Aside: I wish that when I'm in my car listening to NPR's Morning Edition that I had a tape recorder with me, so as to better quote the program I am referring to. I would like to create an "I Told You So" time capsule for our country and society. The future should be warned, and it is times like these I wish it could be.

The commentator follows a 41 year old woman on her way to Weight Watchers. She drives the two miles in an effort to stick with the program so that she can keep off the 40 pounds she has loss using Weight Watchers. Sometimes, she walks, but she finds it harder and harder to do so. There are no sidewalks, no other pedestrians on the road, which is located in one of a million suburban sprawls that have been, over the last few decades, filling up the horizon.

For all the convenience and high economic gains brought upon by mega-malls, super Wal-Marts and the like, the health of its nearby residents is at stake. People are getting less and less of even the most rudimentary of exercise, walking. Diseases and disabilities related to obesity, in addition to diet fads and hyper-gyms, have increased dramatically in these areas.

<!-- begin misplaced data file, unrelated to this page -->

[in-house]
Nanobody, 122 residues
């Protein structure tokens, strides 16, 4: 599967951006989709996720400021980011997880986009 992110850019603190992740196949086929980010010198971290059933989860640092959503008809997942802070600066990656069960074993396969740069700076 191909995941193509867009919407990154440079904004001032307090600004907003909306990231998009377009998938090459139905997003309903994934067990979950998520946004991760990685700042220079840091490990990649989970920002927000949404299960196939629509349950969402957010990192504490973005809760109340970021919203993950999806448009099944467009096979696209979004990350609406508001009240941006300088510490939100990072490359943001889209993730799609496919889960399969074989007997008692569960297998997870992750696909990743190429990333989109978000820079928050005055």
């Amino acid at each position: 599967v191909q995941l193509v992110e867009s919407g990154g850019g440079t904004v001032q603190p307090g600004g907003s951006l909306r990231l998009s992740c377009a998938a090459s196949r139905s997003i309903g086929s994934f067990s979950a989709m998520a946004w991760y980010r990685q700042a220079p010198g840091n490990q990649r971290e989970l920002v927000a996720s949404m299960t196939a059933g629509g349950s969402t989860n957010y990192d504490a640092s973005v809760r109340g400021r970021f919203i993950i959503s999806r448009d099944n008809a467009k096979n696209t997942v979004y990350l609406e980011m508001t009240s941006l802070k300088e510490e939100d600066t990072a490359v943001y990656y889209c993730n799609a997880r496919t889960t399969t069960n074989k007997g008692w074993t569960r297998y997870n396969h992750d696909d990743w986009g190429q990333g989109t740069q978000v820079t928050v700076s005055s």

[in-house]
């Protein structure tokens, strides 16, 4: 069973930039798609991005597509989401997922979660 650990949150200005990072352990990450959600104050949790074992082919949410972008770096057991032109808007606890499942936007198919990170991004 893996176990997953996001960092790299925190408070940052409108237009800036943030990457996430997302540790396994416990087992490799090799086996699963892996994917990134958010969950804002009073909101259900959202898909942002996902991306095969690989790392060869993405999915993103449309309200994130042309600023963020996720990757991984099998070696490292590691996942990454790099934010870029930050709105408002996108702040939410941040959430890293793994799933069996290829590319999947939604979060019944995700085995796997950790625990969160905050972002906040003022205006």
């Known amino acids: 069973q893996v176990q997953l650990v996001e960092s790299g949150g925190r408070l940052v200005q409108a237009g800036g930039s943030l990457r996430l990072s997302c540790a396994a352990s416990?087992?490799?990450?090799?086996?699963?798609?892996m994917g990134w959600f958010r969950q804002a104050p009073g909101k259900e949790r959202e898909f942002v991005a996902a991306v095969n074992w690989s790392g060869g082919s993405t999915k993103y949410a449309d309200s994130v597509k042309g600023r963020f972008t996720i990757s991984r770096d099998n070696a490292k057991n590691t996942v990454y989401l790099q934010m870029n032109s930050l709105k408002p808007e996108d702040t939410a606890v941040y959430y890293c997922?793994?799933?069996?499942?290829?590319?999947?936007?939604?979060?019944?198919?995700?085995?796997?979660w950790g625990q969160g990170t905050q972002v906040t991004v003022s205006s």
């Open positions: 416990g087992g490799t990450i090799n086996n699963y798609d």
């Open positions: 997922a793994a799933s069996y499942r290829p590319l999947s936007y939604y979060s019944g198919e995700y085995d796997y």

And this is a surprise how?

I remember when I was working in an accounting office of an architectural engineering firm. I was the youngest and slimmest girl in the crew, a good 20 years younger on the average. When they asked about how I came to lose the weight I had I mentioned thermogenic herbs (this was before the popularity of Metabolife, where it had a brand name), and immediately they all wanted to try it. But they didn't exercise, which is what I did in additon to supplements. And, I suppose, I didn't have 40 years of New Orleans cuisine to contend with. Working in suburbia as I do now, I see the proof all around me in the faces of people struggling against the life they've found themselves into, a life of presumptuous ease and convenience. I see people power walking in the damn mall. Women whose asses have spread to fill their desk chairs, women who suck down smoothies and maybe do a half hour at the local gym at lunch (if they are that devoted). I see people trying and I see people who have given up. And then there are those who, for whatever reasons, cannot do much for their weight gain and still complain endlessly about it. I don't see an end in sight.